“When I was seventeen I had run up a largish account at the bookseller’s and had nothing to meet it with; and my father had scarcely taken it as an excuse that my inclinations might have chose a worse outlet.”Sigmund Freud
When Freud prepared to leave his home in Vienna for London in 1938 it was unclear if he would be able to take his library.
He and his daughter Anna assessed it book by book. Almost one-third was taken out and given to a local book dealer.
The rest Freud was finally able to take to London. This was largely due to help from Marie Bonaparte, who assisted the family in their escape. They were placed where they sit today: the shelves of the study in 20 Maresfield Gardens, London.
Freud had loved books from an early age.
In 1868, aged 12, he won a prize at school in the form of a book: Friedrich von Tschudi’s Animal Life of the Alps. He was bored by many of the texts in his his school’s library, though ambitious in his own reading. He tackled T.H. Buckle’s The History of Civilization in England as a teenager.
Just as Freud loved collecting antiquities, he had a passion for acquiring books.
He received them as gifts from friends and family, and gave them as gifts to loved ones. In the 1880s, while studying medicine, his library steadily began to grow.
When Freud and his wife Martha moved to Berggasse 19, Vienna, his library grew more. He continued to collect books and, as his own works were published, he was sent more as gifts.
Freud’s own works were not displayed openly on his shelves. Instead he arranged works by mentors, students and peers in the world of psychoanalysis, neurology and medicine.
But Freud’s library also stretched far beyond his professional life. Works of literature, by Shakespeare, Goethe and Schiller, lined walls, with books on ancient history, archaeology and religion also accumulating. In later years, Freud said he bought books faster than he could read them.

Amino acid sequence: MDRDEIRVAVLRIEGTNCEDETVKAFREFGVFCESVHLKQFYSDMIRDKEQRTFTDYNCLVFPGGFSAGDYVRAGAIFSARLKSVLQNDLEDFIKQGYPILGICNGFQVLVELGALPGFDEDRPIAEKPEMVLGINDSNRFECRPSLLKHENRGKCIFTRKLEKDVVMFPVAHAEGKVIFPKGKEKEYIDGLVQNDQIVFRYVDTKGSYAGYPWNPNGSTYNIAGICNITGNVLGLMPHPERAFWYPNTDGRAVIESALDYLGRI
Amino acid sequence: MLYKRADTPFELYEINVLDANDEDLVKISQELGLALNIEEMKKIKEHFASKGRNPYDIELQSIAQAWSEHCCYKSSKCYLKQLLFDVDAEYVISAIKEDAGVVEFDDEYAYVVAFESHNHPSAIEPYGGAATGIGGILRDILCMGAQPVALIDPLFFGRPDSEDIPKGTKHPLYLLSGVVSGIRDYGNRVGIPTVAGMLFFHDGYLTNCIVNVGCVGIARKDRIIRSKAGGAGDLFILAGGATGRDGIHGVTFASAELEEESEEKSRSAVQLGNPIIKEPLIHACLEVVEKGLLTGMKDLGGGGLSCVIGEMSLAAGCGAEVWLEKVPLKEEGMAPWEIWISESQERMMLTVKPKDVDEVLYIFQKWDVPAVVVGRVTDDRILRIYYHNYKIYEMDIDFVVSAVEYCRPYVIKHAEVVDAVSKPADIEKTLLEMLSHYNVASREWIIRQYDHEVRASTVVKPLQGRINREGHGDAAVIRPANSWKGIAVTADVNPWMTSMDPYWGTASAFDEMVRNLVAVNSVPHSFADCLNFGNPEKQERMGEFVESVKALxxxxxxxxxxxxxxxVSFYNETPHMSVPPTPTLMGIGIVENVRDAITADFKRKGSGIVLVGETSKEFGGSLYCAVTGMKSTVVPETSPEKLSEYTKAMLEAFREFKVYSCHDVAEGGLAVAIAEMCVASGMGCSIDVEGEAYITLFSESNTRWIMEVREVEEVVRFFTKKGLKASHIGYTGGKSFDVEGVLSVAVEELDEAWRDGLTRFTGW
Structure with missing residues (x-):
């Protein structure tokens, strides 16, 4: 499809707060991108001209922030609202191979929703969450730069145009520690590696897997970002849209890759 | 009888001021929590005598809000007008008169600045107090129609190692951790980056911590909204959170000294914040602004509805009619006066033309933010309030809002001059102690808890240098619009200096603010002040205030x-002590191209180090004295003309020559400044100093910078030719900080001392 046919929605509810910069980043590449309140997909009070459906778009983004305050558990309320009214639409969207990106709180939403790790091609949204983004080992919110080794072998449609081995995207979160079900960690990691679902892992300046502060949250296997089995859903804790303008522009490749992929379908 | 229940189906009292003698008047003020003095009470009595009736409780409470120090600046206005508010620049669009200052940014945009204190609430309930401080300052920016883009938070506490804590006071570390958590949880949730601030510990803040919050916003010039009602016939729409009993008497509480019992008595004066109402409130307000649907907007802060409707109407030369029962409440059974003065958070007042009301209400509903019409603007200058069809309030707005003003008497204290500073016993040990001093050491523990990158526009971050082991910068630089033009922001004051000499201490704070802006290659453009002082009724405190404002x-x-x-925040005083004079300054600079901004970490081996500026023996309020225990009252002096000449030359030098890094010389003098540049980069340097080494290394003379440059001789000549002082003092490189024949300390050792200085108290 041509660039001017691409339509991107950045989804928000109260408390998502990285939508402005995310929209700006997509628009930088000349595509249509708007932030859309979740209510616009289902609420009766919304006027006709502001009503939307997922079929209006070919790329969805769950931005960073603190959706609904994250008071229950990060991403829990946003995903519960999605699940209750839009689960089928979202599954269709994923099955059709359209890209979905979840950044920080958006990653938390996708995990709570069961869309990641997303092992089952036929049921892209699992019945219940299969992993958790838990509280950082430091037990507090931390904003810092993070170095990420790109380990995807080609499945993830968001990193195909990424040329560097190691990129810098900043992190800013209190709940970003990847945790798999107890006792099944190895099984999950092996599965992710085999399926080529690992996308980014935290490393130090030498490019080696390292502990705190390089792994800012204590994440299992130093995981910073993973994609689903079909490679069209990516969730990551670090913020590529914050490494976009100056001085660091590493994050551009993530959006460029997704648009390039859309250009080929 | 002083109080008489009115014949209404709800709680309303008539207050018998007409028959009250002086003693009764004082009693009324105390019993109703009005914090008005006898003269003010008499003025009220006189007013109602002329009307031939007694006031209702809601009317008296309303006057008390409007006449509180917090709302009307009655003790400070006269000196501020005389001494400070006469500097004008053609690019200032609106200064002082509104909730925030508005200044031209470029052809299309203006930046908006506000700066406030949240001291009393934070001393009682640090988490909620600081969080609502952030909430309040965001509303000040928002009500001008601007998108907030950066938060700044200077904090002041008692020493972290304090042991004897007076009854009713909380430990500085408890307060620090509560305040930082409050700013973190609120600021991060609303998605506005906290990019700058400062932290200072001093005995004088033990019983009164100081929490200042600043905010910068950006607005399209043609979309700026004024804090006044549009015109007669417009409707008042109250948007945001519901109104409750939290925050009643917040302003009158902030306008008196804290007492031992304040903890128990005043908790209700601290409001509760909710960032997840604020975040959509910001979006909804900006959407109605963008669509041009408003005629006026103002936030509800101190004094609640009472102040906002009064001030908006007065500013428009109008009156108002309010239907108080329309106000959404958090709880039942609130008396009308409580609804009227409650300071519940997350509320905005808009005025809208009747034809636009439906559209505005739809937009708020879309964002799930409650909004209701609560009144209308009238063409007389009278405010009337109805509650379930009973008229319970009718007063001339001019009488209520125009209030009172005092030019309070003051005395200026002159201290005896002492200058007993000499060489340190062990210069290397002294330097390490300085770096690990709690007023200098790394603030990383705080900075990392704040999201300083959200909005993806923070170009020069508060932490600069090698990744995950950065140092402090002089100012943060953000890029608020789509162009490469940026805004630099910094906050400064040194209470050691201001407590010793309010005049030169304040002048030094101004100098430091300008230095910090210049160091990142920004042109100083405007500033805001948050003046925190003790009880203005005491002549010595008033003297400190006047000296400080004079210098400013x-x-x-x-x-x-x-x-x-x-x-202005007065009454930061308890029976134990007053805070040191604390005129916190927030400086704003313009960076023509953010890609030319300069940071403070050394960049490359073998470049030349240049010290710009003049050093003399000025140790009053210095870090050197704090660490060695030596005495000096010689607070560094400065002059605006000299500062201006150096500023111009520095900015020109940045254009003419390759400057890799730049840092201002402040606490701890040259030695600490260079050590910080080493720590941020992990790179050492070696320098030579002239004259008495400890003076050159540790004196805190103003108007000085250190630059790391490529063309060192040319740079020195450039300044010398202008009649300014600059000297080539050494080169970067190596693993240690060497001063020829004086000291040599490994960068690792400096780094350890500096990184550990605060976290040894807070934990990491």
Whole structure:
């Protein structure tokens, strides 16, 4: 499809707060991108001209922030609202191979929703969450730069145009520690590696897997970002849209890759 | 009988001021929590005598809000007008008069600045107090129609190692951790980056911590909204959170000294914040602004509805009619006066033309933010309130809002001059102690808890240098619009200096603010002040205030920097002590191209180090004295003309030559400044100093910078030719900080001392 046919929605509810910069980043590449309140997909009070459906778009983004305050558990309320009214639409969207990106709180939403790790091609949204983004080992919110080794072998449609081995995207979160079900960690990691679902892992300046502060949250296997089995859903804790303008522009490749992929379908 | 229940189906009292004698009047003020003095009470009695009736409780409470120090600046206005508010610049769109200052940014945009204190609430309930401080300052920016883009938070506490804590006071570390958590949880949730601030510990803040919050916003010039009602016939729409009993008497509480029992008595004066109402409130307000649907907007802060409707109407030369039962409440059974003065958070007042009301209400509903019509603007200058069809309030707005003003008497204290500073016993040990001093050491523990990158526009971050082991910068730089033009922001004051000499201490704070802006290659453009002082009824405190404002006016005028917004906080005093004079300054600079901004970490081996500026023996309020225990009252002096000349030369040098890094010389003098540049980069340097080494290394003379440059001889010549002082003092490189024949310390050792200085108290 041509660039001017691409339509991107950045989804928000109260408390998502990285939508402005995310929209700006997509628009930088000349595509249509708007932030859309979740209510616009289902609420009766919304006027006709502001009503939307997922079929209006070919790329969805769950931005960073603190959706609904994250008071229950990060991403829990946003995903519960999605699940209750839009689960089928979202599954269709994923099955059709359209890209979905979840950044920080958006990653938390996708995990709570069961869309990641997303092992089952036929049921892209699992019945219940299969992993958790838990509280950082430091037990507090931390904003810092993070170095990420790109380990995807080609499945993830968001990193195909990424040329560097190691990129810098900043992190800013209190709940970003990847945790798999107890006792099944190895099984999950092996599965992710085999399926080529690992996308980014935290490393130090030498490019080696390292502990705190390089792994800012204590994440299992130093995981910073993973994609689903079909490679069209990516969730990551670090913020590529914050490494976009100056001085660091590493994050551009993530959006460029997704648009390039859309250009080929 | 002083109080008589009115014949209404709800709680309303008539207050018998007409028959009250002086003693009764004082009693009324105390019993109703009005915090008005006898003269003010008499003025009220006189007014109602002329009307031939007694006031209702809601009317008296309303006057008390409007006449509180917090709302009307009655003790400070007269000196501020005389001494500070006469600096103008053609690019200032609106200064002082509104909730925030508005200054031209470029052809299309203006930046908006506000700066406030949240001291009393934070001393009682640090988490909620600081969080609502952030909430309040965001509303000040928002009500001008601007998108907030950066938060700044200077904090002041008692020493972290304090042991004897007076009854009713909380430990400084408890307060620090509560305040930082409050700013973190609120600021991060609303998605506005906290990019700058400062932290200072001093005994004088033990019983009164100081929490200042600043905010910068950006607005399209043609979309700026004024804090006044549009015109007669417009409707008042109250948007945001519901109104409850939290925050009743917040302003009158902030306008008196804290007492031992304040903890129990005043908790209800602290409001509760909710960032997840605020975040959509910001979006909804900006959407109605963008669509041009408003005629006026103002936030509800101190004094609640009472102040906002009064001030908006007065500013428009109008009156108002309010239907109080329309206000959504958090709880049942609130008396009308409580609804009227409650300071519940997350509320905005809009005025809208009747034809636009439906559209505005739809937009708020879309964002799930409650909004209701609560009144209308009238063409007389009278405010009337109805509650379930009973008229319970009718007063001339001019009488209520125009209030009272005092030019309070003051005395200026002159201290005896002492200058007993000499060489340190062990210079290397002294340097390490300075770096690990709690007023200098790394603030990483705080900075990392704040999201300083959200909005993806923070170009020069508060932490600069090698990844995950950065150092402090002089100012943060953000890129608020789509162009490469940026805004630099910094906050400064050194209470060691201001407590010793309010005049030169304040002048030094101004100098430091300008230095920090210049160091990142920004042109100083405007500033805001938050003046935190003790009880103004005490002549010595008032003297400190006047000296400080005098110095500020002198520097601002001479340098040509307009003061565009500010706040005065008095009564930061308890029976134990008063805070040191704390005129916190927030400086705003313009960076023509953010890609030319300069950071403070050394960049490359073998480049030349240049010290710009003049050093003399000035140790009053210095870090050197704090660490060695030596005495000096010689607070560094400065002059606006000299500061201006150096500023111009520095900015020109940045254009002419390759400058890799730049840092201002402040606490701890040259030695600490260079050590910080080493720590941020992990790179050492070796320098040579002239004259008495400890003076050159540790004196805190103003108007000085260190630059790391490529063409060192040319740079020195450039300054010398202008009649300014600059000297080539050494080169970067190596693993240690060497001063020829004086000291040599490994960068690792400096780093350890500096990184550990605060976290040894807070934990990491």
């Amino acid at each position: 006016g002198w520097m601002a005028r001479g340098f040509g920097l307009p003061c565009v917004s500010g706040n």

During his student days, however, Freud often used public libraries to sate his appetite for books when money was in short supply. Writing to his friend Eduard Silberstein he says “I am gradually making up for my lack of knowledge of modern literature through our Union Library”, referring to the Reading Room and Lecture Hall of Jewish Students.
This may explain why a number of books known to be loved by Freud are not in his library. Freud wrote about other writers and books not only in his own published works, but also in letters to friends and colleagues. It’s possible, therefore, to know what he had read even if the books themselves weren’t in his personal library.
When Freud and his daughter Anna finally packed up his library in Berggasse 19 in the spring of 1938, its fate was unknown.
The Nazis would have deemed many of the books to be at odds with their ideology, and were holding book burning ceremonies.
But when the books, along with his collection of antiquities, arrived unscathed in London weeks later, the library was eventually re-assembled.
The double room on the ground floor of 20 Maresfield Gardens was to be Freud’s study and library, laid out in much the same way as his consulting room in Vienna. Books were placed on the shelves, mostly in categories but not following any formal system. Freud was once again surrounded by his favourite food: books.